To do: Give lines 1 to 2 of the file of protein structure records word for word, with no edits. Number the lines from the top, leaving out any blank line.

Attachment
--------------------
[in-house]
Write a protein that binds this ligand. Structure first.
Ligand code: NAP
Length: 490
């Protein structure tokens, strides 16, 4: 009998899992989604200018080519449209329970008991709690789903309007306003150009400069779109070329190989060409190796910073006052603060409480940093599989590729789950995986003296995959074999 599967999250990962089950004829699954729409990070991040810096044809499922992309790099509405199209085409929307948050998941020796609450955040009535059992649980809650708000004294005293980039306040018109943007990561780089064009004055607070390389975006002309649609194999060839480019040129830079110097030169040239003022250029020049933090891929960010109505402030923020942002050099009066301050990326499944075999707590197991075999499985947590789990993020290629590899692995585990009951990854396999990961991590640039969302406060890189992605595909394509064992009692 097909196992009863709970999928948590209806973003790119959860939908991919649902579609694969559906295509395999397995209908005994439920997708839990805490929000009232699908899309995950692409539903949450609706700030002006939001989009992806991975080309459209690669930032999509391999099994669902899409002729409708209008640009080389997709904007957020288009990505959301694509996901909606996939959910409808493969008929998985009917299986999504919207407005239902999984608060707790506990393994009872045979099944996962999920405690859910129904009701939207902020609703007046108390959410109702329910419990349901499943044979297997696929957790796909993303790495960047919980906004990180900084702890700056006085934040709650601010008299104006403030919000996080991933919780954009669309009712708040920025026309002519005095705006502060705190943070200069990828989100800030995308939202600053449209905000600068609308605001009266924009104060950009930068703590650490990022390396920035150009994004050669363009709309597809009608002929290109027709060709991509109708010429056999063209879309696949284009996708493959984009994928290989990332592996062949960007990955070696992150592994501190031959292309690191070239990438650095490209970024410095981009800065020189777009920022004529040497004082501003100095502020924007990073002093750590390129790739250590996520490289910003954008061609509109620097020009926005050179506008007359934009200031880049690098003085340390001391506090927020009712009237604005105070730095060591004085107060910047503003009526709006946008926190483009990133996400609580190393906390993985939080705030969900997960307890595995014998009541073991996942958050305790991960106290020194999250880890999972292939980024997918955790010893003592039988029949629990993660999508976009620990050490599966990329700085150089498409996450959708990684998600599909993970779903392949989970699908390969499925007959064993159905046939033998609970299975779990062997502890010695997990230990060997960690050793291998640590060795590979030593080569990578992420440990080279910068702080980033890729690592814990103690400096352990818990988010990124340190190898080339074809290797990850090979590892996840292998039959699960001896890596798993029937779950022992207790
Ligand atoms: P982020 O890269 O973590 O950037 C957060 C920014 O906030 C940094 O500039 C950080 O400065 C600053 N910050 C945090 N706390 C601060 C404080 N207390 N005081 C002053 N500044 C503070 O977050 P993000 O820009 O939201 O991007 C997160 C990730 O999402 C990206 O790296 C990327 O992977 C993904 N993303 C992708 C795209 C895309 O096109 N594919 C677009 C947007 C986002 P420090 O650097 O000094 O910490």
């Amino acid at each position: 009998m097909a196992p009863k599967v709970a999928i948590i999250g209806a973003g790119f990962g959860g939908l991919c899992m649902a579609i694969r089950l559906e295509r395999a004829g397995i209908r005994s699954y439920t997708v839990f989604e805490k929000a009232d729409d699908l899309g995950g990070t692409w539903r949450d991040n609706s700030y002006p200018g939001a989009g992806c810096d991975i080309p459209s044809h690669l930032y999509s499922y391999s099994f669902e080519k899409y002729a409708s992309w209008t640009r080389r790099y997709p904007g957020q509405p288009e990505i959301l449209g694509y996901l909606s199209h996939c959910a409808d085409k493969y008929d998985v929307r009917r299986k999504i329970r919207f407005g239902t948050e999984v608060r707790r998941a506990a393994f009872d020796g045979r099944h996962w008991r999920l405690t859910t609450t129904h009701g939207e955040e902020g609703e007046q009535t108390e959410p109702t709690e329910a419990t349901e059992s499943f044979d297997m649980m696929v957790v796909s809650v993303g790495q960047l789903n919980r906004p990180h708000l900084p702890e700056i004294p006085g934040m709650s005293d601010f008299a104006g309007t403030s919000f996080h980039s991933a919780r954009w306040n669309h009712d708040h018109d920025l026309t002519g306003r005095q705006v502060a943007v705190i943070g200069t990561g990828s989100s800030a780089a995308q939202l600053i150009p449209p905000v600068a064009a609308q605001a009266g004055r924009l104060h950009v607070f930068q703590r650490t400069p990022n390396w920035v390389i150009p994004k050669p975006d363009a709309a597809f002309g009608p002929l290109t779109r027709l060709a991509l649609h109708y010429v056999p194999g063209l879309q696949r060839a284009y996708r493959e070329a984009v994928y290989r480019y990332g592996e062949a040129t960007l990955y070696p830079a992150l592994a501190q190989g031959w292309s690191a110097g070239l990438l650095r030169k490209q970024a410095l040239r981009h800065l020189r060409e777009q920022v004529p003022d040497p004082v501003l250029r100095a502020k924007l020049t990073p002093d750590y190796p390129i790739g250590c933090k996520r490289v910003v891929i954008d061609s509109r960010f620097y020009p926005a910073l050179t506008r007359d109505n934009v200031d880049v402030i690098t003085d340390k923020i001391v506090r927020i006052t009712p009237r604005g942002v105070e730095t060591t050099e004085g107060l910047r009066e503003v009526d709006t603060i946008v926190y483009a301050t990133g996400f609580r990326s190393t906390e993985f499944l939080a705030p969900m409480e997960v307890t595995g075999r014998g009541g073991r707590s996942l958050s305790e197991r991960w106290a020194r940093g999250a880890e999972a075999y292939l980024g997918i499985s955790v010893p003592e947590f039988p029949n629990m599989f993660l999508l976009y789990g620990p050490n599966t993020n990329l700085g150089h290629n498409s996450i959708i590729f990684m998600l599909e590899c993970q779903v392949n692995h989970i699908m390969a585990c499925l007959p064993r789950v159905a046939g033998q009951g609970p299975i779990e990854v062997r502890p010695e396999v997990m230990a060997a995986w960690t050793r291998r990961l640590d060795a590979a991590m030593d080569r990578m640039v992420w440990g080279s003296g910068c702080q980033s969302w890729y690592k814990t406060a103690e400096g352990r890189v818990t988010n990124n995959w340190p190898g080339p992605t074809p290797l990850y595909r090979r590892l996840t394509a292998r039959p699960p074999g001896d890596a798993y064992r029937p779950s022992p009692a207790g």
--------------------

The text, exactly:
[in-house]
Write a protein that binds this ligand. Structure first.